No MeSH data available.


Related in: MedlinePlus

Experiment 2—Percentage of correct responses from sentence 1 (S1) and 2 (S2) for three question types. Bars represent mean ± SEM.
© Copyright Policy - open-access
Related In: Results  -  Collection

License
getmorefigures.php?uid=PMC4403343&req=5

Figure 5: Experiment 2—Percentage of correct responses from sentence 1 (S1) and 2 (S2) for three question types. Bars represent mean ± SEM.

Mentions: A Three-Way repeated measures ANOVA revealed that there was no significant main effect of sentence on performance [F(1, 15) = 1.1, p = 0.3]. The sentence by switch interaction was non-significant [F(1, 15) = 3.1, p = 0.098]. As seen in Figure 5, performance was higher for S1 compared to S2 only under certain conditions. Trends were similar to those observed in Experiment 1 with a small sentence primacy effect evident following a switch in both 1-step and 2-step conditions. This effect was however abolished following a complex 3-step question.


Costs of switching auditory spatial attention in following conversational turn-taking.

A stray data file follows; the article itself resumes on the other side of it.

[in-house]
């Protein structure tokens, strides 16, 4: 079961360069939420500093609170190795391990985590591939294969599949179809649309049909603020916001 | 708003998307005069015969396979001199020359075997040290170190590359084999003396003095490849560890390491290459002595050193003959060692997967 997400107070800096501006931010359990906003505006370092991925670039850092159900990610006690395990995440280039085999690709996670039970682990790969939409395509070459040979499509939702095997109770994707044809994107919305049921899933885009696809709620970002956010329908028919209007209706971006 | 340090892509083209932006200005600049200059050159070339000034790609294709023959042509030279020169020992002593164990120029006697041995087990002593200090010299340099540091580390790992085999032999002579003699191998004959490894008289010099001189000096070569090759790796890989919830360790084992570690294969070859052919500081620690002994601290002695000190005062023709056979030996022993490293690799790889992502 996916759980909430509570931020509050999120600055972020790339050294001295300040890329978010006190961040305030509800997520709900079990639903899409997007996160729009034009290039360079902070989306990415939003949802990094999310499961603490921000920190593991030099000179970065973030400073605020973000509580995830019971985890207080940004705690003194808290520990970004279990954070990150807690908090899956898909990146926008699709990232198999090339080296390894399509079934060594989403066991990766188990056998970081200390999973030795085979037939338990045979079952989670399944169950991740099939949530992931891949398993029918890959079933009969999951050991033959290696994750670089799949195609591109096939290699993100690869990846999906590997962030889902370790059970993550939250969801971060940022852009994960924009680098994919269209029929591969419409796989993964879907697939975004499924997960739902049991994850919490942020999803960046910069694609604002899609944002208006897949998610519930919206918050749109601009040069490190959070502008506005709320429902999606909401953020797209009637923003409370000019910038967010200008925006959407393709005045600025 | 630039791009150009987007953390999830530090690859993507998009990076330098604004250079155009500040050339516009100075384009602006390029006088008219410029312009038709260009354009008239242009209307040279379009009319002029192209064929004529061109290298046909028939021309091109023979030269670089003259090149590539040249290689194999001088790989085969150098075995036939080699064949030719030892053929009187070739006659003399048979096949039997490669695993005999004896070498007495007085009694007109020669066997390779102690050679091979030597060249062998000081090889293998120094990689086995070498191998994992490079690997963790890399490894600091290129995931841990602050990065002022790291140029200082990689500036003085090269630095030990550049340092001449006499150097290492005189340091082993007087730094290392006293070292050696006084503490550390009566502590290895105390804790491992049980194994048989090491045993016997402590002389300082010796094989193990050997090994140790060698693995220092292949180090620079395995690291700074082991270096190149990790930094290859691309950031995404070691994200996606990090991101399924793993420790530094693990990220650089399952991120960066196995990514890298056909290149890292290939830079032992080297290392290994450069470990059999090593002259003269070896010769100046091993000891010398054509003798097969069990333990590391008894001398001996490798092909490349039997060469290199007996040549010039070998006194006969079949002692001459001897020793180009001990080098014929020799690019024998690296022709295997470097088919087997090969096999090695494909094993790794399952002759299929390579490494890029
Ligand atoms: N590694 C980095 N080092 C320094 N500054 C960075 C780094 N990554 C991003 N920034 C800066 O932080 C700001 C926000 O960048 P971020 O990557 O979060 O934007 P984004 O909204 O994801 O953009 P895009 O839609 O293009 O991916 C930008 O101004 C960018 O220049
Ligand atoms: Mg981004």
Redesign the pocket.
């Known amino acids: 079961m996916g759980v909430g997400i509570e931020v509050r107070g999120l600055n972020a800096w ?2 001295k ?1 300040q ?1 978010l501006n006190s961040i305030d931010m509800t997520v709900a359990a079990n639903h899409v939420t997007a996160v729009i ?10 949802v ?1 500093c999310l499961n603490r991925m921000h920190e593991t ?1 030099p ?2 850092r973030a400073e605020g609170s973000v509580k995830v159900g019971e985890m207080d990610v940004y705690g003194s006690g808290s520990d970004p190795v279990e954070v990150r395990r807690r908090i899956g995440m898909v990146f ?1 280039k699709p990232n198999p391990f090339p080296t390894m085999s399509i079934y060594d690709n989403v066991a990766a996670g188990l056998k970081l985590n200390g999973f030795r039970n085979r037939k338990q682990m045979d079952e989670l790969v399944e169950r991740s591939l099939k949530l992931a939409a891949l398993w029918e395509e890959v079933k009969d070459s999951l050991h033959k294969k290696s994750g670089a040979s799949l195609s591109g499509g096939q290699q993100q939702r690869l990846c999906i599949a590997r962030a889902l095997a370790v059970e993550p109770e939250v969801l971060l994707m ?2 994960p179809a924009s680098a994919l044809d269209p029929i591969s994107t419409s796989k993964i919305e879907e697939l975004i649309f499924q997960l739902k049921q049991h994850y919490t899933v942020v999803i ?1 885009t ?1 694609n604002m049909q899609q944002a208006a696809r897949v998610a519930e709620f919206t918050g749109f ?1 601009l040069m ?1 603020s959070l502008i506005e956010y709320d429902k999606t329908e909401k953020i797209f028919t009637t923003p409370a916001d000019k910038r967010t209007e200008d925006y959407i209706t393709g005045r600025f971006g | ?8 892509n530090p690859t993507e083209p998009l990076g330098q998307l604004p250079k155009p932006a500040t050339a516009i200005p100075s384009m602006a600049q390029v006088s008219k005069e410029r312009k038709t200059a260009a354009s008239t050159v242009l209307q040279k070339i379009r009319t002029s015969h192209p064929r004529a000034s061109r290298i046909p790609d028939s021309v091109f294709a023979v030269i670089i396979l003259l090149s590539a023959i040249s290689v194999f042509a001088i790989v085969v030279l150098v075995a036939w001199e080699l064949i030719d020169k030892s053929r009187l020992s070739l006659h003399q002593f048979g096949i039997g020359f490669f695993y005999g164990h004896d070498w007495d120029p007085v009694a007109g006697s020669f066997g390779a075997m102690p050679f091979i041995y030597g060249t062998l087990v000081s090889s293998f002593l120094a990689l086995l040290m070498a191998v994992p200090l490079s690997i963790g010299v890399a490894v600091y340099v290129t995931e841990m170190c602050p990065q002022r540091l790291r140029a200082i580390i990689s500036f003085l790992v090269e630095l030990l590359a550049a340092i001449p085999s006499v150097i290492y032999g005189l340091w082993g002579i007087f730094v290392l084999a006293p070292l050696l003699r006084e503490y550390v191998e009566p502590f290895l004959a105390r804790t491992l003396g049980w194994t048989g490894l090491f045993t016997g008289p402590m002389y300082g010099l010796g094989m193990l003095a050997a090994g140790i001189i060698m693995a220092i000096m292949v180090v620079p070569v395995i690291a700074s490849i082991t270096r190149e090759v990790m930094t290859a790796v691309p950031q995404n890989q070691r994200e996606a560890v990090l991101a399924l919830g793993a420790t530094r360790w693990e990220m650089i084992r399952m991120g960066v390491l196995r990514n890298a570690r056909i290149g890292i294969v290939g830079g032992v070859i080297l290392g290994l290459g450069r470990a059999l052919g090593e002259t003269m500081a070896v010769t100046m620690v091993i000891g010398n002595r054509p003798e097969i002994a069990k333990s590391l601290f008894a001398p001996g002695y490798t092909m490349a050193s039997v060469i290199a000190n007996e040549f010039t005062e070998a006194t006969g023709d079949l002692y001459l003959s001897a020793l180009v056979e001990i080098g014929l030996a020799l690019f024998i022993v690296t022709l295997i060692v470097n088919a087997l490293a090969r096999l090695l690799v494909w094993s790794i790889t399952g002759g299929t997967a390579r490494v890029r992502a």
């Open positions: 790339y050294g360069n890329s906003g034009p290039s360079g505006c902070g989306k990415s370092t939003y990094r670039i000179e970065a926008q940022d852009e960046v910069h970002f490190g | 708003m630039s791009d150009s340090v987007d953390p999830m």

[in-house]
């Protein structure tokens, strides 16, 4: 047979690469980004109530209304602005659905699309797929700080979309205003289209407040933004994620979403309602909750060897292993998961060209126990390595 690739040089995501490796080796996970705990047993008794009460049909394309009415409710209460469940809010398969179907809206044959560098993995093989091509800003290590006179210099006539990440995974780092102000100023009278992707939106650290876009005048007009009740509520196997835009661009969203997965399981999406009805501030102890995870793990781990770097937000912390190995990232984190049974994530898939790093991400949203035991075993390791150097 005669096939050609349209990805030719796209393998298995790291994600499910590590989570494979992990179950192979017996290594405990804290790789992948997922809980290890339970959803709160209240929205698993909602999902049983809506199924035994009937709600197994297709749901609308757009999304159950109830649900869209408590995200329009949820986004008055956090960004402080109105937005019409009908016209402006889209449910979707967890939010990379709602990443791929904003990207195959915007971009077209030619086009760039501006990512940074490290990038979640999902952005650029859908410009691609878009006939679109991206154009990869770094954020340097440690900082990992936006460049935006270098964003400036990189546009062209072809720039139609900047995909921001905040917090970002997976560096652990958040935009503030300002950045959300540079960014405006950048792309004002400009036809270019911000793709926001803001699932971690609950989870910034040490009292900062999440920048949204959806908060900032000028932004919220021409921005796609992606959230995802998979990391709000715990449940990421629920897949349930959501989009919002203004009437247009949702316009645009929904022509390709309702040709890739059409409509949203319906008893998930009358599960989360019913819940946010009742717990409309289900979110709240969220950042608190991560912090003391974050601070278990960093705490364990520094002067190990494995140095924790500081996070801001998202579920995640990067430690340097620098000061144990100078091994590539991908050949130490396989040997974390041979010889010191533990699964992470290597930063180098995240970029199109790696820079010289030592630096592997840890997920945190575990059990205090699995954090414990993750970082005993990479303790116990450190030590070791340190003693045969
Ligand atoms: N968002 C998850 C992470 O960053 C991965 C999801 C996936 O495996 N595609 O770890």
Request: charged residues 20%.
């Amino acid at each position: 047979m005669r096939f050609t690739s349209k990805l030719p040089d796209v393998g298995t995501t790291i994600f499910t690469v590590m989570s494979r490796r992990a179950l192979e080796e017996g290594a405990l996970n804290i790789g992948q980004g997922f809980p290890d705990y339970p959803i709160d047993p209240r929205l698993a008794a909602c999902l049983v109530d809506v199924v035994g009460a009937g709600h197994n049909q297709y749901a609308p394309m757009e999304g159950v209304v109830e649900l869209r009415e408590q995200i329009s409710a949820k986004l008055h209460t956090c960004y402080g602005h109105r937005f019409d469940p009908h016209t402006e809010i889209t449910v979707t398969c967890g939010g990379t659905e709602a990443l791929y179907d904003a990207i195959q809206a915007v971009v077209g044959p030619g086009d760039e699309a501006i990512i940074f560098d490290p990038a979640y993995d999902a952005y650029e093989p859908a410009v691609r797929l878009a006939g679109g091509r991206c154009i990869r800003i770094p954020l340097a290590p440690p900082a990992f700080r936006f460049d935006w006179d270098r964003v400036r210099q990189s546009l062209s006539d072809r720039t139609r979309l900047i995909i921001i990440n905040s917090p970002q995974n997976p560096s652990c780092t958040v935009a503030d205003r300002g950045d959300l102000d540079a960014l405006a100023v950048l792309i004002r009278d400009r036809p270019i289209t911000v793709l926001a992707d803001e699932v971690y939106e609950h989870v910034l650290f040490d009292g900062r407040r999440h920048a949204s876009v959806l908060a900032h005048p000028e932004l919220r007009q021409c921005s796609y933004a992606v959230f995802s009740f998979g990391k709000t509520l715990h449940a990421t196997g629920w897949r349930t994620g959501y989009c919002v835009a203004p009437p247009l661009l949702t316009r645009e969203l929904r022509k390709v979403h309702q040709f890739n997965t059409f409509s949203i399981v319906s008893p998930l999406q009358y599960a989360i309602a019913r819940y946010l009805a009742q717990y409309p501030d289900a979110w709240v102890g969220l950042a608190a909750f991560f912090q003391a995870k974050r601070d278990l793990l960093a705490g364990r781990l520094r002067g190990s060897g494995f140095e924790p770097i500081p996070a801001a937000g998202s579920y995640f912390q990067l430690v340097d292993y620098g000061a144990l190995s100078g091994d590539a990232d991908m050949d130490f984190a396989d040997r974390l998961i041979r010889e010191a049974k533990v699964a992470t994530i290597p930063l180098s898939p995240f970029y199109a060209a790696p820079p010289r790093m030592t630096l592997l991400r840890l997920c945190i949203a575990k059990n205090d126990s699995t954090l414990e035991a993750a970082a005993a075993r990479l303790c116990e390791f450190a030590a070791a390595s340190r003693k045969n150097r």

Lin G, Carlile S - Front Neurosci (2015)

Experiment 2—Percentage of correct responses from sentence 1 (S1) and 2 (S2) for three question types. Bars represent mean ± SEM.
© Copyright Policy - open-access
Related In: Results  -  Collection

License
Show All Figures
getmorefigures.php?uid=PMC4403343&req=5

Figure 5: Experiment 2—Percentage of correct responses from sentence 1 (S1) and 2 (S2) for three question types. Bars represent mean ± SEM.
Mentions: A Three-Way repeated measures ANOVA revealed that there was no significant main effect of sentence on performance [F(1, 15) = 1.1, p = 0.3]. The sentence by switch interaction was non-significant [F(1, 15) = 3.1, p = 0.098]. As seen in Figure 5, performance was higher for S1 compared to S2 only under certain conditions. Trends were similar to those observed in Experiment 1 with a small sentence primacy effect evident following a switch in both 1-step and 2-step conditions. This effect was however abolished following a complex 3-step question.

Bottom Line: Switching costs were independent of the location, direction, and angular size of the spatial shift but did appear to be load dependent and only significant for complex questions requiring multiple cognitive operations.Task switching speed (Trail-B time) was also significantly correlated with recall accuracy.Overall, this study highlights (i) the listening costs associated with shifts in spatial attention and (ii) the important role of working memory in maintaining goal relevant information and extracting meaning from dynamic multi-talker conversations.